Tuesday, March 10, 2009

Napoleonic Satires

Napoleonic Satires: A Brown University Production

Napoleonic Satires (NS) is one of many digitization efforts undertaken by Brown University. The digitized documents in NS are taken from donations given to the university by three twentieth-century donors: Anne S. K. Brown, Paul Revere Bullard, and William H. Hoffman. Brown University states that "these gifts were presented by the donors . . . in the hope that their collections would be accessible to members of the Brown academic community and to the community at large, for purposes of research and pleasure." Digitizing these collections makes this aim possible in ways that, according to Brown University, "perhaps neither the donors nor their families could have imagined." Thus, the collection principles at work here are, quite plainly, to digitize documents from these three specific collections of satires directed towards Napoleonic rule in order to "participate in a broad conversation that spans genres to suggest that the official French images of Napoleon are no more authentic or permanent than the satiric image" (Napoleonic Satires).

The metadata schema employed by Brown University for the creation of NS is, apparently, an amalgamation of a series of metadata schemas. In each metadata record accessed by this author, there exist approximately seven declared namespaces of which four - METS, METS rights, MODS, and Brown University's Brown Mix - appear to be, more or less, metadata schemas. The other three declared namespaces are a bit more vague or seemed so to this author. They appear to be either linking languages or structural standards for the description of documents in XML. It is also declared that "the scans were catalogued . . . using the VRA categories." Thus, Brown University seems to be using somewhat of an array of schema for different levels of the digitization process. It is, therefore, quite undeniable that they are aware of metadata concepts and active, if not also somewhat confusing, in their pursuit of a thorough use of metadata schemas.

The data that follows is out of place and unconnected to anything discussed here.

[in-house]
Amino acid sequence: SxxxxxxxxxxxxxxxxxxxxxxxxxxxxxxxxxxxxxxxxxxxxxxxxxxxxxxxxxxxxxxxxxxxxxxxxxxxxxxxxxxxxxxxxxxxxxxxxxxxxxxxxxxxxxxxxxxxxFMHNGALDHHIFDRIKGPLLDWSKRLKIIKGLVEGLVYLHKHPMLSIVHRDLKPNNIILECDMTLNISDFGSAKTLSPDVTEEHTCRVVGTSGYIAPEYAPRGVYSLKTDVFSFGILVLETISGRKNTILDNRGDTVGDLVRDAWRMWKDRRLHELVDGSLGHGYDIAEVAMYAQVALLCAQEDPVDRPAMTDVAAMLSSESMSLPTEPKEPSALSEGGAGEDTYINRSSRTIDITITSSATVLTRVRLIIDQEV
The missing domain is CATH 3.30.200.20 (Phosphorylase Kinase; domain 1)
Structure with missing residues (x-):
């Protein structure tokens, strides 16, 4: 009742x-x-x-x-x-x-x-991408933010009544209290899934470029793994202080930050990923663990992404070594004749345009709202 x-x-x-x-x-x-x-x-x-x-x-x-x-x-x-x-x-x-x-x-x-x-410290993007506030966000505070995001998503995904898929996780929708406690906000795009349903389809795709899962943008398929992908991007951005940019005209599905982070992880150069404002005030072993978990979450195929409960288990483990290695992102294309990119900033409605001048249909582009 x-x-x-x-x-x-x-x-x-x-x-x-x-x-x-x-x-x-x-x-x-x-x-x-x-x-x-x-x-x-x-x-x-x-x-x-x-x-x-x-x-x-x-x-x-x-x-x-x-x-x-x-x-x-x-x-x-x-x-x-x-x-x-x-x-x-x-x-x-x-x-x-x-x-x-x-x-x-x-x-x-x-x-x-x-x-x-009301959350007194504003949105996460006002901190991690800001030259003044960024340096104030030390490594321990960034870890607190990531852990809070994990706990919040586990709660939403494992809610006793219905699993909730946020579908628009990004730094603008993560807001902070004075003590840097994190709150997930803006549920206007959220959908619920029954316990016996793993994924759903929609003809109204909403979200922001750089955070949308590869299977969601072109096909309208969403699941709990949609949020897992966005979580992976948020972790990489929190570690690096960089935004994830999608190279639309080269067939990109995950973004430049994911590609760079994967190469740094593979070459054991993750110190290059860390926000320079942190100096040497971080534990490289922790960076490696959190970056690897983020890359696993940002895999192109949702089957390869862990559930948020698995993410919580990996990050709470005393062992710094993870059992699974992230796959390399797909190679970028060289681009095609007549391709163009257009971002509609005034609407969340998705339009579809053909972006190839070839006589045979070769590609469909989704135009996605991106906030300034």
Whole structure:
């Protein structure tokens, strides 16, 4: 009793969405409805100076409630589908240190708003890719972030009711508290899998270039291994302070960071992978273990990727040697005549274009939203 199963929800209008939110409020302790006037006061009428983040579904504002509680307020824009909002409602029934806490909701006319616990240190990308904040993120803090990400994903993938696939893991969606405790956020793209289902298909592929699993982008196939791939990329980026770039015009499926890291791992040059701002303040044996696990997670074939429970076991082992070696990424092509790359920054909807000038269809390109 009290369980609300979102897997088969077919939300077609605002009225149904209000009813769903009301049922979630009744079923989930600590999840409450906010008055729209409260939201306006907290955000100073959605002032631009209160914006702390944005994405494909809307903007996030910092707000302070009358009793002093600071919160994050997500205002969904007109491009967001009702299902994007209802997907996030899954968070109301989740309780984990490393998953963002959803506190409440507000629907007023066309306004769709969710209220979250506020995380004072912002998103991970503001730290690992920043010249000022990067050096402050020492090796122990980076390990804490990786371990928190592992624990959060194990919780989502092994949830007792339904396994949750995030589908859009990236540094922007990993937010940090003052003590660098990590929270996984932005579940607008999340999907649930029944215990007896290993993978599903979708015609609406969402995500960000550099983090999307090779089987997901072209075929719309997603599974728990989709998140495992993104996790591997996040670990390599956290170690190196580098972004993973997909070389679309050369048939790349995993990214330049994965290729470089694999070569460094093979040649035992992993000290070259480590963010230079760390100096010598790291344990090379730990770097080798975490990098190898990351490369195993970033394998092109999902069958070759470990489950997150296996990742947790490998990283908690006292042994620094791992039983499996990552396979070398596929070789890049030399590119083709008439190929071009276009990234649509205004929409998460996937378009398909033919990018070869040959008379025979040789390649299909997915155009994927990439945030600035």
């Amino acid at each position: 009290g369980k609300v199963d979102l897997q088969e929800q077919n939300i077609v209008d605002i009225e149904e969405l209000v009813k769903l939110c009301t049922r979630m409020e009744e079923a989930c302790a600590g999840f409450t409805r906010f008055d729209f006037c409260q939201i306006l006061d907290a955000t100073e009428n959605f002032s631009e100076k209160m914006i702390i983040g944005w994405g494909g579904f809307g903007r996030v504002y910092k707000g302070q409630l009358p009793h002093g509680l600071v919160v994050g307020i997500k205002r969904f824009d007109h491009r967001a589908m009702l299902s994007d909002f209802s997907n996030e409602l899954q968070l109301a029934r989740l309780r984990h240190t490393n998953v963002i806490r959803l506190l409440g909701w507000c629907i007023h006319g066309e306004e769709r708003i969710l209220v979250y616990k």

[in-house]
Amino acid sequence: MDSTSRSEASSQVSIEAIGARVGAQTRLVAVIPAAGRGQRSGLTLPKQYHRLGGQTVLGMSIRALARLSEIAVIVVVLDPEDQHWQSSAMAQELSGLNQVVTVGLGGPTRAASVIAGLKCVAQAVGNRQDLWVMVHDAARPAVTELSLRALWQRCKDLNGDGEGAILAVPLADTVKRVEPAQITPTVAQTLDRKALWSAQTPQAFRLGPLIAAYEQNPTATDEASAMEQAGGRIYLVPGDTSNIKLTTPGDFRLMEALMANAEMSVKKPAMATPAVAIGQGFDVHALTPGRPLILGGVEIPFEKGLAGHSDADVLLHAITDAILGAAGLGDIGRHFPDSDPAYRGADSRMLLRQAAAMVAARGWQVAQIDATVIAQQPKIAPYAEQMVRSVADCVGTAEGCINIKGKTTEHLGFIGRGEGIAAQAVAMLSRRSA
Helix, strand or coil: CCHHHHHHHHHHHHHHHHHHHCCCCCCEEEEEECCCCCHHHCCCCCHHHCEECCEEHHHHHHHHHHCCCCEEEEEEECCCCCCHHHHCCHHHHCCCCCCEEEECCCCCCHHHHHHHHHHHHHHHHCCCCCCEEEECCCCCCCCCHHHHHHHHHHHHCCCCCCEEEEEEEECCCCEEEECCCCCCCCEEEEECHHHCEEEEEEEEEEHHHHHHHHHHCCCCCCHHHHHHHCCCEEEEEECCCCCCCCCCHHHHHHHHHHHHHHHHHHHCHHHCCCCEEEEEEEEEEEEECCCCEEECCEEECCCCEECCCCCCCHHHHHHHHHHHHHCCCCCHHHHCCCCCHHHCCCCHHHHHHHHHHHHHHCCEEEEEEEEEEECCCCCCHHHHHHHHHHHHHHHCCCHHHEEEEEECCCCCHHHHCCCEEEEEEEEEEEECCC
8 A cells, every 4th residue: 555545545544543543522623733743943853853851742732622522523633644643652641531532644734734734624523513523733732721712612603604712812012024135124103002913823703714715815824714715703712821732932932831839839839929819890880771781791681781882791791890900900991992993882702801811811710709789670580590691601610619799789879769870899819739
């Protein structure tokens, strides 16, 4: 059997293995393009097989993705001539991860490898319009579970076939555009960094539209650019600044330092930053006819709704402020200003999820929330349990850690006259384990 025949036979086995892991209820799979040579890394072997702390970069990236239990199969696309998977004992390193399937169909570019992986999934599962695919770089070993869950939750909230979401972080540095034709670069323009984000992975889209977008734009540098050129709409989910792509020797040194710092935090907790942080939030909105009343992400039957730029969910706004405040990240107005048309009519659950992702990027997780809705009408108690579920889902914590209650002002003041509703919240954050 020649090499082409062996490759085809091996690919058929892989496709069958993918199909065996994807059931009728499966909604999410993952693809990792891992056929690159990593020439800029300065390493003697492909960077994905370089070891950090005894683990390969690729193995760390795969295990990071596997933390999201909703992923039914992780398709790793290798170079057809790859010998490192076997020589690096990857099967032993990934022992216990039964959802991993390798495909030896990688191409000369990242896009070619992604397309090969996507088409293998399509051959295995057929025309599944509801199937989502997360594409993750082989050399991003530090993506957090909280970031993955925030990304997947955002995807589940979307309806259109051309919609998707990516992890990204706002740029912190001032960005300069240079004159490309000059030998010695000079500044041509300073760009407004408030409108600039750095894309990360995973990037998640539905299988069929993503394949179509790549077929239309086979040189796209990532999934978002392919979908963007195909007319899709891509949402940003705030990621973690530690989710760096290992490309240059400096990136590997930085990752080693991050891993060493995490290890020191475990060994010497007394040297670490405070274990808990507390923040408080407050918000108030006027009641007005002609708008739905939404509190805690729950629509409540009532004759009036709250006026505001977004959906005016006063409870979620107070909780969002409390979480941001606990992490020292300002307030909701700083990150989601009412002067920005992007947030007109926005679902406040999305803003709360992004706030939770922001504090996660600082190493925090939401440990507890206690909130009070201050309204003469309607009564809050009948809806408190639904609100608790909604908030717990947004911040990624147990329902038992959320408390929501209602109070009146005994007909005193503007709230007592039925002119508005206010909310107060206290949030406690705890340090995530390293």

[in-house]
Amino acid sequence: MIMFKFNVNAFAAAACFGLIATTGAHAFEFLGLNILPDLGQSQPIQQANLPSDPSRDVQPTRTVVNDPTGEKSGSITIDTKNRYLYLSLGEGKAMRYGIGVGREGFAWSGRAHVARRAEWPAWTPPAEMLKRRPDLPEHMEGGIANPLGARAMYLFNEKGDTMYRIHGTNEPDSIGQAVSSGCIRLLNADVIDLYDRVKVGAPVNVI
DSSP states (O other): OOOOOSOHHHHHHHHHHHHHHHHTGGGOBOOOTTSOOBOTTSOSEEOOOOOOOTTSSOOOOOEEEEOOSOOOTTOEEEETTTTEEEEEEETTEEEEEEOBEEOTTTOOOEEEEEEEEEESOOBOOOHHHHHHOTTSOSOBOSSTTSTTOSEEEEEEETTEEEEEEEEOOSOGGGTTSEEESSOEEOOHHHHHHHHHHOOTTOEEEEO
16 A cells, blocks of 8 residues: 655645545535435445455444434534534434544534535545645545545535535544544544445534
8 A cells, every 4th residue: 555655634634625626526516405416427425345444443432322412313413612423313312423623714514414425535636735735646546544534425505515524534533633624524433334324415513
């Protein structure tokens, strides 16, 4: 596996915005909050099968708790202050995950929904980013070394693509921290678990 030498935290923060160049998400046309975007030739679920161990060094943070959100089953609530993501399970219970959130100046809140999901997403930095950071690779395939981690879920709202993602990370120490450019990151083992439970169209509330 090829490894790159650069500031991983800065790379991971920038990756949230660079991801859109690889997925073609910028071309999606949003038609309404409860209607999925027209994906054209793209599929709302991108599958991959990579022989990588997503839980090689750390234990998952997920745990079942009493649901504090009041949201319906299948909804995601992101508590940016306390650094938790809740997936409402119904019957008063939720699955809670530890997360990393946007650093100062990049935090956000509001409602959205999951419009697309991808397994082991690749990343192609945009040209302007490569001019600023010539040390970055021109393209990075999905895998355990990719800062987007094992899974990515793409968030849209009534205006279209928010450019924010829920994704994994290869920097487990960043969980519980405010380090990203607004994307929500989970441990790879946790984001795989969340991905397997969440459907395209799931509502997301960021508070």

One particular aspect of this effort that this author found refreshing was a blanket declaration (Technical Information) by Brown University of their scanning and versioning - if versioning is the correct word - process. One reads quite early on the following:

"The satires were scanned at 600 dpi, 24-bit color and saved as uncompressed TIFF images. The TIFFs were then migrated to JPEG (125, 750, 1500, 3000 pixel) and MrSid (3000 pixel) images for distribution via the web."

This author must attest that he was unable to discover which of the above JPEG images - save the thumbnail sized one - NS and Brown University made available. When this author viewed an image, it appeared to be a JPEG2000 image and of a high enough quality that it could be zoomed in upon four times from its default size. The only frustrating aspect regarding this was that with each successive zoom, the user has to wait for the image to reconstitute itself in a series of partitions or rectangles as opposed to the traditional image that loads from the top-down. In other words, if this author was not accustomed to something else, the frustration caused by how the images reload after zooming in upon them would, more than likely, not be a cause for frustration. One other interesting aspect of the images NS and Brown University offer here is the ability to rotate the image clockwise and counter-clockwise. This would, in all likelihood, have been a wonderfully prescient decision on their part had they any images that needed to be rotated in order to be understood. Yet, this author came across no such image in need of rotation for it to be read, viewed, and digested.

Brown University and NS state their intentions for this digitization effort with the following words: "In digitizing these images and making them available to the internet community, these prints are made being available to a wide audience for uses beyond traditional academic research." One also finds their aspiration to "enable exploration of the contextual and visual juxtapositions these images suggest in themselves." Al of this, however, still leaves it unclear quite how they anticipate these images being used. Yet, one can hazard a guess that their expected audience may include a host of communities: scholars of the Napoleonic epoch in Europe; scholars of subversive techniques; modern-day and aspiring political satirists searching for inpsiration; and just about any other individual who discovers within themselves an impulse to explore a man who is, to this day, still lauded and loathed in an almost equal proportion.

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